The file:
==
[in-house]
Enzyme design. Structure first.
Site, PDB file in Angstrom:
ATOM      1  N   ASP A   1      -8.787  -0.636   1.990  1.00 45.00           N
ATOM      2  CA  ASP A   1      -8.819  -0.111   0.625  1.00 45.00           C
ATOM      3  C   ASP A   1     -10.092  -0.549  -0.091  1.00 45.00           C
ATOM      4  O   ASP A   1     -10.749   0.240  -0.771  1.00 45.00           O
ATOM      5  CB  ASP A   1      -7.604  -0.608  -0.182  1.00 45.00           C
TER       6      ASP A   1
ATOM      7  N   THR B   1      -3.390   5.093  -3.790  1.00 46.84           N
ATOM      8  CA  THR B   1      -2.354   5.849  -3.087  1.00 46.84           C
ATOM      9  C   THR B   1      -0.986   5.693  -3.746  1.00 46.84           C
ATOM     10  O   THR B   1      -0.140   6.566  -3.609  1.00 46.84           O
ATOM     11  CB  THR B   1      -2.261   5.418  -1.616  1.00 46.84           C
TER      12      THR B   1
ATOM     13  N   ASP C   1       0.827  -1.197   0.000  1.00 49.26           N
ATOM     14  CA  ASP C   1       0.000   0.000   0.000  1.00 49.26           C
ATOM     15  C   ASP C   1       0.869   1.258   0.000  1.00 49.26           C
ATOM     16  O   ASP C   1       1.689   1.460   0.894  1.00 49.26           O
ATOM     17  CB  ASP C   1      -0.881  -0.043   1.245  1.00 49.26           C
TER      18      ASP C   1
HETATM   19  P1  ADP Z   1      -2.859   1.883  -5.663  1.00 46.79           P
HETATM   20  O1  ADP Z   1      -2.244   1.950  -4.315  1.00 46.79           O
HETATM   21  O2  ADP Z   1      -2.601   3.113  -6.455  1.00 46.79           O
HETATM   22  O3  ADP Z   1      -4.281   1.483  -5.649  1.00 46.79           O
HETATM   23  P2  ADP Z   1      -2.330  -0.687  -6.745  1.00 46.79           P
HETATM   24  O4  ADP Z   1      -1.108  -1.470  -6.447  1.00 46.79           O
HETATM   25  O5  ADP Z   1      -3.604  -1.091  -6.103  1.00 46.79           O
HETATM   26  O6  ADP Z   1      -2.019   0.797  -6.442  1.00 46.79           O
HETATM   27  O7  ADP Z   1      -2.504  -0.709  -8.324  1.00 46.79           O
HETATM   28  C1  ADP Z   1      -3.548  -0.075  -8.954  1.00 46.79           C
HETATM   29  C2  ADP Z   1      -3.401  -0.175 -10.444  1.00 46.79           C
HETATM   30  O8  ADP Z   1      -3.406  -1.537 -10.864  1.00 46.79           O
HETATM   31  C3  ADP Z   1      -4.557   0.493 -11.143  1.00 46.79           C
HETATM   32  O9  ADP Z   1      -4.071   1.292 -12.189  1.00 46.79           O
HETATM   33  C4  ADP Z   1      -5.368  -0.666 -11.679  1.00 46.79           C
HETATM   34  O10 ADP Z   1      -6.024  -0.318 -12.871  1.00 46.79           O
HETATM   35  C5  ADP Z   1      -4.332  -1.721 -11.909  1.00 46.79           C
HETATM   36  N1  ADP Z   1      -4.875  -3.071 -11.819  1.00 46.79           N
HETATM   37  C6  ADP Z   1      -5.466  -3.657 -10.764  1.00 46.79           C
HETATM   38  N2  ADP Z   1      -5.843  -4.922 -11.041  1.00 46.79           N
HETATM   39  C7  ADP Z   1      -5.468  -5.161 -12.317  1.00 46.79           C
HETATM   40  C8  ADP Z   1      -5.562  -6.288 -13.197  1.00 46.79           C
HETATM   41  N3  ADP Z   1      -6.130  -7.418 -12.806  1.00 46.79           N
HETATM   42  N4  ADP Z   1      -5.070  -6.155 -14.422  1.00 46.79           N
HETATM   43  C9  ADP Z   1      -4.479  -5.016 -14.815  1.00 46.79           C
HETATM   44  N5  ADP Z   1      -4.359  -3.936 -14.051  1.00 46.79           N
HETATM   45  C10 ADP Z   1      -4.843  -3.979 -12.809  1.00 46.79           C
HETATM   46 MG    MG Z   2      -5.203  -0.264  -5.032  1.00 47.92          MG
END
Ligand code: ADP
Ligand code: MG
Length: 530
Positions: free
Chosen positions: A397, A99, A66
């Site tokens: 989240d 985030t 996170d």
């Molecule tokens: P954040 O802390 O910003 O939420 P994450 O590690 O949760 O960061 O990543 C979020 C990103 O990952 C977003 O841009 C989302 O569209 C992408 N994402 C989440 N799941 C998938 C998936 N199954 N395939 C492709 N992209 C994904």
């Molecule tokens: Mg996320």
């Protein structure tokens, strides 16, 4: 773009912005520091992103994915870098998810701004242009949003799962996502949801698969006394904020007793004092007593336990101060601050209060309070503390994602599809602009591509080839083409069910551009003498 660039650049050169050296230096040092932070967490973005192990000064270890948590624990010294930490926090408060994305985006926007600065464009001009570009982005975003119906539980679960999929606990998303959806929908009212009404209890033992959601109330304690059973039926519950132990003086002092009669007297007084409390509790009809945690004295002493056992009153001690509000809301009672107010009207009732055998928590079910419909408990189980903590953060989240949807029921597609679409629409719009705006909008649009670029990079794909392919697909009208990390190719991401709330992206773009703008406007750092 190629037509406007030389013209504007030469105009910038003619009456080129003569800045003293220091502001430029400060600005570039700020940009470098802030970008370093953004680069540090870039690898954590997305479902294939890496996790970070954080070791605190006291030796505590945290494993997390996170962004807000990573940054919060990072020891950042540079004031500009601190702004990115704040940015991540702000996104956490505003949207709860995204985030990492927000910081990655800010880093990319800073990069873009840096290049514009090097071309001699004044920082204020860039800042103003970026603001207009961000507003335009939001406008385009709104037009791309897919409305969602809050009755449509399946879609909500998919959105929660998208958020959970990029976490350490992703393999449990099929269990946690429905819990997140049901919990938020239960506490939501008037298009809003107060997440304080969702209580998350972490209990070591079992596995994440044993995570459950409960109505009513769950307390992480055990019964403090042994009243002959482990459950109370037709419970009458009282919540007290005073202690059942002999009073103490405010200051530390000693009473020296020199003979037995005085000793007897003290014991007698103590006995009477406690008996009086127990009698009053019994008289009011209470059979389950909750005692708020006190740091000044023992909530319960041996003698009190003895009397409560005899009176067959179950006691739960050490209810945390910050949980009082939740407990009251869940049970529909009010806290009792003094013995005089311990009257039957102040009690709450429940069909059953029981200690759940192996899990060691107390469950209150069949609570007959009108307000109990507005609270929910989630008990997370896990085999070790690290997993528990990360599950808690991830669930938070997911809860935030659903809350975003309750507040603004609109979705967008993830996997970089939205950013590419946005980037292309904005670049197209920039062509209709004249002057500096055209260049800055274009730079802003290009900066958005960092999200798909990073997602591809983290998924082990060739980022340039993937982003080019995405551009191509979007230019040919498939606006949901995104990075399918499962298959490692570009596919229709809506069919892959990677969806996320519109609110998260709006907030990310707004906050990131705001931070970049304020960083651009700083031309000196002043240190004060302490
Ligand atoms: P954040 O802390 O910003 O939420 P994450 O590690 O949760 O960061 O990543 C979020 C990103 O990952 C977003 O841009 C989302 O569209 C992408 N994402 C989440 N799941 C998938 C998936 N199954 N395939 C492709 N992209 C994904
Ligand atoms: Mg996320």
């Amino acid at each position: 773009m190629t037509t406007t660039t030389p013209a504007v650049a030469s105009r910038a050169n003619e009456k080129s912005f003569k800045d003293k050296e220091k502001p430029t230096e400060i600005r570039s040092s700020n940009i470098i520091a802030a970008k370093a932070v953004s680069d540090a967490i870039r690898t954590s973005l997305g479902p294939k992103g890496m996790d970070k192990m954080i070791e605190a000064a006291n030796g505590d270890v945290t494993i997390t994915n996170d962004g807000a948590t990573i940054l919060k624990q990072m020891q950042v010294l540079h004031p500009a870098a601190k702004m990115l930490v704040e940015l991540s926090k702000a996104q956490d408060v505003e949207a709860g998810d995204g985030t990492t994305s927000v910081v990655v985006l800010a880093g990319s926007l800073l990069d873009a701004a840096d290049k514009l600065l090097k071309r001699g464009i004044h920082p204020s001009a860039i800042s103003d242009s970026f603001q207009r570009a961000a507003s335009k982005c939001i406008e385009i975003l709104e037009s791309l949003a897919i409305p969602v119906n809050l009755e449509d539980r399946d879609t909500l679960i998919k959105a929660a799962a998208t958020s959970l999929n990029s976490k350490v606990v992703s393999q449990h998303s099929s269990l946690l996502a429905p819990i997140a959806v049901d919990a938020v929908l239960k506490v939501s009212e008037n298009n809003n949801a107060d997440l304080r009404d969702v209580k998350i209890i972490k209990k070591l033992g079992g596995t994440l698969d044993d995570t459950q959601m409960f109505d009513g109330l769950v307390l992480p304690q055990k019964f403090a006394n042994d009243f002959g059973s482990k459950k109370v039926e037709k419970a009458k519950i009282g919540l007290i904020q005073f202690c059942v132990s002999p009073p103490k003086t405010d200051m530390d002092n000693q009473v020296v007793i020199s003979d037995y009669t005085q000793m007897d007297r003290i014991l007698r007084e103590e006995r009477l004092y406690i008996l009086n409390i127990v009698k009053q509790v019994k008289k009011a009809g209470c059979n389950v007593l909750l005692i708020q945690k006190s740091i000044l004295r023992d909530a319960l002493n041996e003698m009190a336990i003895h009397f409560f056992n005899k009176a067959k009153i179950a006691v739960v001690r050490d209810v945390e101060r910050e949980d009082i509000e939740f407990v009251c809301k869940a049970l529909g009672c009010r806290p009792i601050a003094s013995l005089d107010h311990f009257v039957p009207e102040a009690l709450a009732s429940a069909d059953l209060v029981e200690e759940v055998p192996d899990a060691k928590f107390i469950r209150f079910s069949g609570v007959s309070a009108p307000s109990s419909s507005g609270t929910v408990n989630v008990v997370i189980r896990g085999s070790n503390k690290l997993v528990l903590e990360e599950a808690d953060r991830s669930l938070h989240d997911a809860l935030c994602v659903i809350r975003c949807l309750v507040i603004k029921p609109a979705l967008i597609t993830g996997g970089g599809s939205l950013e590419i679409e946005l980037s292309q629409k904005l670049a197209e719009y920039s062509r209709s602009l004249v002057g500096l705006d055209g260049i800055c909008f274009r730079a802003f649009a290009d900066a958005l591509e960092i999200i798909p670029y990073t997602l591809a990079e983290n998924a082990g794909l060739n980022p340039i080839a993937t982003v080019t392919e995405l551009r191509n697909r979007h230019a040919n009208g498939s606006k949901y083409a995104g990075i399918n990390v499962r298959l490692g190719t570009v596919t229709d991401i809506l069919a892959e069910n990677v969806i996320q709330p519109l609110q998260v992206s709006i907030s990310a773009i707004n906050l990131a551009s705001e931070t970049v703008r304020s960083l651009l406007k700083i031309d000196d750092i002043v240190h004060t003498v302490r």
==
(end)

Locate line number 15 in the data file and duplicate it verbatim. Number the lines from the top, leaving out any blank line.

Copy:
TER      12      THR B   1